Best Practices:
When Stainless Isn’t So Stainless


“Stainless“ steel is the name given to a group of corrosion-resistant and high-temperature steels that possess in excess of 10.5 - 11% chromium content.

Their remarkable resistance to corrosion comes from the chromium-rich oxide film that forms on the surface. In the presence of moisture, ordinary carbon steel forms iron oxide (rust). Rust is not protective and, eventually, the entire piece of steel will corrode and be converted to rust.

But when enough chromium (more than about 10%) is added to ordinary steel, the oxide produced on the surface is a very thin, virtually invisible layer that provides protection from a wide range of corrosive media.

This is “stainless” steel, and there are different types and grades that vary widely in corrosion resistance, strength, and performance properties. Common types include austenitic, ferritic, martensitic, and duplex.

Why Paint Stainless Steel?

Stainless steel is often used without a coating except for aesthetic purposes (if, for example, the architect wants to change the color).

However, it is important to note that all stainless steels are not created equal: There are various grades of stainless, and cheaper grades will corrode when exposed to marine environments, chemicals, or high humidity. Such grades may require a rust-inhibitive primer or system for protection, just as mild steel would.

That’s what the inspector found when called to investigate a problem at an upscale, handsome, new pool complex.

The Case of the Rusty Duct

The concrete ceiling above the expansive indoor pool was coated with a white epoxy and carried a large stainless-steel air duct more than five feet in diameter.

Rusting Pool Duct

All stainless steel is not created equal. Unprotected, cheaper grades will corrode when exposed to marine environments, chemicals, or high humidity.

Six months after the facility opened, telltale spots of red and white corrosion started forming on the duct’s joints and connections—and started to spread. When bits of rust started falling into the pool, the exasperated facility owner took action.

His frustration was compounded by the fact that the stainless-steel hand railings around and inside the pool were in flawless condition, even though their exposure environment (immersion, splash and spill) was more aggressive than that of the rusting duct above.

Stainless v. Stainless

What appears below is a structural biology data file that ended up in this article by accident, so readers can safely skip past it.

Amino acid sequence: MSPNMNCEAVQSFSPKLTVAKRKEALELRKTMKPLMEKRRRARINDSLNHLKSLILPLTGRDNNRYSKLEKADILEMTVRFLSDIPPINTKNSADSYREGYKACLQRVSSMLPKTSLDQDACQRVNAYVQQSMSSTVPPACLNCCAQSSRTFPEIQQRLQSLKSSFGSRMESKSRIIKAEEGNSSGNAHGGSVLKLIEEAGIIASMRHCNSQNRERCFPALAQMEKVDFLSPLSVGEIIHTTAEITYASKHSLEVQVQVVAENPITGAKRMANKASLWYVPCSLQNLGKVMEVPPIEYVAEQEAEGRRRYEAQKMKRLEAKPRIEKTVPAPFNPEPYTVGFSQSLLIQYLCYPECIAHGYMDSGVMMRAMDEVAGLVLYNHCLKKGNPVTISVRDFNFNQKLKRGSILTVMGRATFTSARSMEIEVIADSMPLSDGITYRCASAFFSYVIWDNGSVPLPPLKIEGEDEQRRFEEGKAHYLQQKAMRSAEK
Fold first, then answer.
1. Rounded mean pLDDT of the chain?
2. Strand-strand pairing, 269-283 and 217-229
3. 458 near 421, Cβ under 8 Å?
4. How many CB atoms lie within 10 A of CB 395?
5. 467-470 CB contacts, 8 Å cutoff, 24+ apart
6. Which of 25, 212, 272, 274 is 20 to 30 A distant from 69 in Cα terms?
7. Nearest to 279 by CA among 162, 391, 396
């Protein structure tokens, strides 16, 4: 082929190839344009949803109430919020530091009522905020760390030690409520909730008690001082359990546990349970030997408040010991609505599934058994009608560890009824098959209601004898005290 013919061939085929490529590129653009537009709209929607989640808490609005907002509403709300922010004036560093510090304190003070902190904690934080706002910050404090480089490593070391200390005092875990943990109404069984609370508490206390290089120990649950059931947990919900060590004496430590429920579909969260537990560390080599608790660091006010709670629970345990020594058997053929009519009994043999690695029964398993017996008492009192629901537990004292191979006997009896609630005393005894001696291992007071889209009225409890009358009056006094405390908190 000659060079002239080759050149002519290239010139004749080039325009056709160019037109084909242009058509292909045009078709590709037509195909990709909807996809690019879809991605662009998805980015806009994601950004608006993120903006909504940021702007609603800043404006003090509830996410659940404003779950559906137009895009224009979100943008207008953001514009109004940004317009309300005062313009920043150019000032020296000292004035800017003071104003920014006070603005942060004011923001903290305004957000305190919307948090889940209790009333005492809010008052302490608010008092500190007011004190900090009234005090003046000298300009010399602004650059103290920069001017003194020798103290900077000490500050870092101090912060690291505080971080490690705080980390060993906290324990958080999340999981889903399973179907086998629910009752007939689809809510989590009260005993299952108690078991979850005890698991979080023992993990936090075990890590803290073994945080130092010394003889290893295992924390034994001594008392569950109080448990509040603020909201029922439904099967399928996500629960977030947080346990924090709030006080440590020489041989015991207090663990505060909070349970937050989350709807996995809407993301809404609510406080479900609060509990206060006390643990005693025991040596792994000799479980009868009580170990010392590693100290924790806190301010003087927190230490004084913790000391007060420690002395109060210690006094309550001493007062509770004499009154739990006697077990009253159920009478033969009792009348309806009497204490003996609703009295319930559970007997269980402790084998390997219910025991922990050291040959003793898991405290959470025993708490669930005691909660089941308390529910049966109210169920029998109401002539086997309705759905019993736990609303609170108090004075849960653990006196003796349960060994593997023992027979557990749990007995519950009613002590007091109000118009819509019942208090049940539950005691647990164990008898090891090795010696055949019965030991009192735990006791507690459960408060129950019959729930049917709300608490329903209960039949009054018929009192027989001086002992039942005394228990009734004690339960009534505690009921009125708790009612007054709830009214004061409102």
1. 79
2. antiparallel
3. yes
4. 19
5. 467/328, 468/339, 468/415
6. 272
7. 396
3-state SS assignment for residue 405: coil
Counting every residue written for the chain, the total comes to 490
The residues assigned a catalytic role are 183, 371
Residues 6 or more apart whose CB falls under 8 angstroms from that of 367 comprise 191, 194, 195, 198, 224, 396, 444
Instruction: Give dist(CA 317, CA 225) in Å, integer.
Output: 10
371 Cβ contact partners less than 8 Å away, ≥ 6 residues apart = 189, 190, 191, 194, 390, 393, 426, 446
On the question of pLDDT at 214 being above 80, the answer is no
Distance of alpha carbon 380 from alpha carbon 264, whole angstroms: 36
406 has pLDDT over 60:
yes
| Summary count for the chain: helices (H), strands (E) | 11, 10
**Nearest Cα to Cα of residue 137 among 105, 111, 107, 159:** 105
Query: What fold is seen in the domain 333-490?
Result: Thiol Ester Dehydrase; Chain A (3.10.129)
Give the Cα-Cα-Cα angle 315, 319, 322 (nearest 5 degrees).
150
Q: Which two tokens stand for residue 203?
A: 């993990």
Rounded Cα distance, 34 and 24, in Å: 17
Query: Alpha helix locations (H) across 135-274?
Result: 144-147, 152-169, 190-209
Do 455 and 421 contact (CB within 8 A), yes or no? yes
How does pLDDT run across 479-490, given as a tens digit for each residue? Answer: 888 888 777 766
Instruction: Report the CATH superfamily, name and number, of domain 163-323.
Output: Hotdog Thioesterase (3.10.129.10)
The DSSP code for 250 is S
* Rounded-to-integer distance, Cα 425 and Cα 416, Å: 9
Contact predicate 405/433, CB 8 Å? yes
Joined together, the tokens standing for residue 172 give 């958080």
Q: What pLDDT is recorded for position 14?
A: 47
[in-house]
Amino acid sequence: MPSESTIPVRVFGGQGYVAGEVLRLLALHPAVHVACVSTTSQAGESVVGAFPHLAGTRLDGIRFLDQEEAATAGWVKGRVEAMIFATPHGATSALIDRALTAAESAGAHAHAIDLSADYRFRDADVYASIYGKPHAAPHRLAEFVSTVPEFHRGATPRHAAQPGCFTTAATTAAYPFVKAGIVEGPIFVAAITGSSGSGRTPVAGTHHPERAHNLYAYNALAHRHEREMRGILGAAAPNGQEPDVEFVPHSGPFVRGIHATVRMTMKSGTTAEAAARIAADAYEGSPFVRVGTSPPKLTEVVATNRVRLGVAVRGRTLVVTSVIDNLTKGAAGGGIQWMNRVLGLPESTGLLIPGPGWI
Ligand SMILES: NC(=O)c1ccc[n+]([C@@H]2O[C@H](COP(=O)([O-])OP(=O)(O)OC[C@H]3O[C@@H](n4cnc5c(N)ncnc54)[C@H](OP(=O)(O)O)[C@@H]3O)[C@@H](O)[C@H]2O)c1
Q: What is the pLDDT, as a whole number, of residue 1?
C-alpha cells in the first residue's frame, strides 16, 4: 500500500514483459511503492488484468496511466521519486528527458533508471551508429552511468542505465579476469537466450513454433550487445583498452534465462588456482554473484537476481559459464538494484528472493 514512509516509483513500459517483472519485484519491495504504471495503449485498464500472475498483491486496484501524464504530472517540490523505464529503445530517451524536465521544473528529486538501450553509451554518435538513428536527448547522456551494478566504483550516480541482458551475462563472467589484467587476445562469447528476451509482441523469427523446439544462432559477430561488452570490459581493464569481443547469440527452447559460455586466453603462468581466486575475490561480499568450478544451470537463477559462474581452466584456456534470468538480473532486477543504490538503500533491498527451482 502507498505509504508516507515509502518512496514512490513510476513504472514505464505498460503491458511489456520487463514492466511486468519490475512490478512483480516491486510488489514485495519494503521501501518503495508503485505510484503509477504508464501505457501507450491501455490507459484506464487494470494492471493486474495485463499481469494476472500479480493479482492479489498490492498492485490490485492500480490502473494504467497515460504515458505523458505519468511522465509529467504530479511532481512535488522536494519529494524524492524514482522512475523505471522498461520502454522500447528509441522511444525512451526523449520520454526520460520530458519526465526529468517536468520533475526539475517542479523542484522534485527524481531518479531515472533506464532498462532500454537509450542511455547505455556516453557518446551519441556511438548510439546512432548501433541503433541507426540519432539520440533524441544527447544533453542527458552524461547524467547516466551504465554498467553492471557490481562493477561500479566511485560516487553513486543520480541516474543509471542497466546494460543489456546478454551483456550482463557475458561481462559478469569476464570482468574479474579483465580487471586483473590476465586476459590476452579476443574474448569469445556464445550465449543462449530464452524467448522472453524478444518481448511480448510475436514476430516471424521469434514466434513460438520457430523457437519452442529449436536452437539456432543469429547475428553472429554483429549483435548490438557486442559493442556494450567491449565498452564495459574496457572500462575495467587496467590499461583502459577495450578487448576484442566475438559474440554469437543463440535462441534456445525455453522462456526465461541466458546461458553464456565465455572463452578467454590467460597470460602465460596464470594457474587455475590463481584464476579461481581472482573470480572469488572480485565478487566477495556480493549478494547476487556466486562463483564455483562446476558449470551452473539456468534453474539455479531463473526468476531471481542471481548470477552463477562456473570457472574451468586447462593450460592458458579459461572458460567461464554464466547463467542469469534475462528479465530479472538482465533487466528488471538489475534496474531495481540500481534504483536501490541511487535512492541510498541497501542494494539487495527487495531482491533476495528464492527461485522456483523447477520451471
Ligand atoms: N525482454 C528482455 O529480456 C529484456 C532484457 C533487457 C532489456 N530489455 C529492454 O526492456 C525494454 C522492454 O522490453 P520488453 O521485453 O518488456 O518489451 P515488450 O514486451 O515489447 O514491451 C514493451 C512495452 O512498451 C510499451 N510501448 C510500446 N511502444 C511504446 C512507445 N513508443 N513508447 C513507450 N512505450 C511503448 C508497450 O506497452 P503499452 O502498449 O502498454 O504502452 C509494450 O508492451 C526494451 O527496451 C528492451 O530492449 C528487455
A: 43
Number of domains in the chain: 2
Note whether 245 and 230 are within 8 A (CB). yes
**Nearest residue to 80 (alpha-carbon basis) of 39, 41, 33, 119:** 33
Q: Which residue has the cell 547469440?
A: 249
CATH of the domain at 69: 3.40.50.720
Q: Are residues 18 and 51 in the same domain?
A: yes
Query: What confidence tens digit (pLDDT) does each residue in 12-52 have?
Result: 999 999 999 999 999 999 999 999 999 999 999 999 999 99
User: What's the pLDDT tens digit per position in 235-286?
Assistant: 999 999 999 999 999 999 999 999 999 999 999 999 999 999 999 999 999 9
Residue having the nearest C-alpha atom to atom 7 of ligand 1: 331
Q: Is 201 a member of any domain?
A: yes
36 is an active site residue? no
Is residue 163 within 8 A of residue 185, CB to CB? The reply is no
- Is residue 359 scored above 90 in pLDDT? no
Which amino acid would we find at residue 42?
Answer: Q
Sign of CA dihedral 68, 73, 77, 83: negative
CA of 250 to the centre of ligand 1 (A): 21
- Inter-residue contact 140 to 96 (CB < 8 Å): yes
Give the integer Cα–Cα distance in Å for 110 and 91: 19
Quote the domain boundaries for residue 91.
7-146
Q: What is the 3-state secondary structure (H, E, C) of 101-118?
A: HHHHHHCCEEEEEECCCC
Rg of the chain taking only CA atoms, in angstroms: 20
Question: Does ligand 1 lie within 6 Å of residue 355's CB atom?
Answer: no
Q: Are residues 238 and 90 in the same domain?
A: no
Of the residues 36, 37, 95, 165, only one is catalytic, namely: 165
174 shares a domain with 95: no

The inspector’s investigation determined that the duct was made of low-grade stainless steel brought in from overseas—proving once again the age-old adage that you get what you pay for. The hand railings, which came from a different source, were indeed high-grade stainless steel appropriate for marine exposure.

Installing a new duct was out of the question, so the only solution was to paint the rusting duct with an anti-corrosive paint system.

However, the use of conventional methods for surface preparation and paint application were also out of the question: The new pool with its fine tile walls and floors and adjacent exercise area were on the ground floor of an occupied high-rise condominium, and the owner demanded that the work be done without generating excessive noise, dust or debris, let alone overspray.

Surface Prep

Stainless-steel surface preparation requires two steps: removing any surface contaminants (such as dirt, oil, grease, and other foreign matter), then roughening the surface.

Gateway Arch-North Leg
National Park Service

The stainless-steel exterior of the legs of the Gateway Arch—the tallest monument in the U.S.—were never coated and have been showing corrosion.

Because stainless is a smooth substrate, it can be difficult to obtain adequate adhesion for the coating system, so the preferred method for roughening the surface is a sweep blast (SSPC-SP 7 Brush-Off Blast Cleaning).

Since neither blasting nor any type of power tool could be used on this project, the inspector recommended application of a highly concentrated solution of MPI #25 Cleaner, Etcher for Galvanized Metal to clean and dull the surface.

Because spraying was not an option, the solution was sponged and wiped on to avoid dripping on any adjacent surfaces. After carefully rinsing the surface, the ducts were then hand-sanded with 150-grit silicon carbide abrasive paper, in an effort to assure some kind of tooth on the surface.

A test patch was then coated with the new paint system: an epoxy primer (MPI #101) topcoated with a two-part aliphatic polyurethane (MPI #72). Much to the inspector's and owner’s relief, the adhesion of the test patch proved sufficient, so the rest of the duct was brushed and rolled with the system.

One year later, the duct is still in pristine condition.


The net cost? $25,000 to prepare and coat the duct, plus the inconvenience of having the pool out of service for one week. There was also a permanent, aesthetic cost: The gleaming new natatorium now has a white duct, instead of sparkling stainless steel, on a white ceiling

So here’s a lesson for the specifier, owner, or GC: If a building product is classified as “stainless steel” (and, especially, if the price appears to be a bargain), ask the manufacturer exactly what type and grade of stainless steel he or she is selling, and verify that it is suitable for its intended use.

If not, your “stainless” may turn out to be not so stainless.

This article was written by PQA Inspector Dave Lick and is reprinted with permission from the MPI (Master Painters Institute) newsletter. MPI content describes best practices for commercial, institutional, and light industrial painting.


Tagged categories: Corrosion; Good Technical Practice; Protective Coatings; Staining; Stainless steel; Steel; Surface preparation; Surface profile

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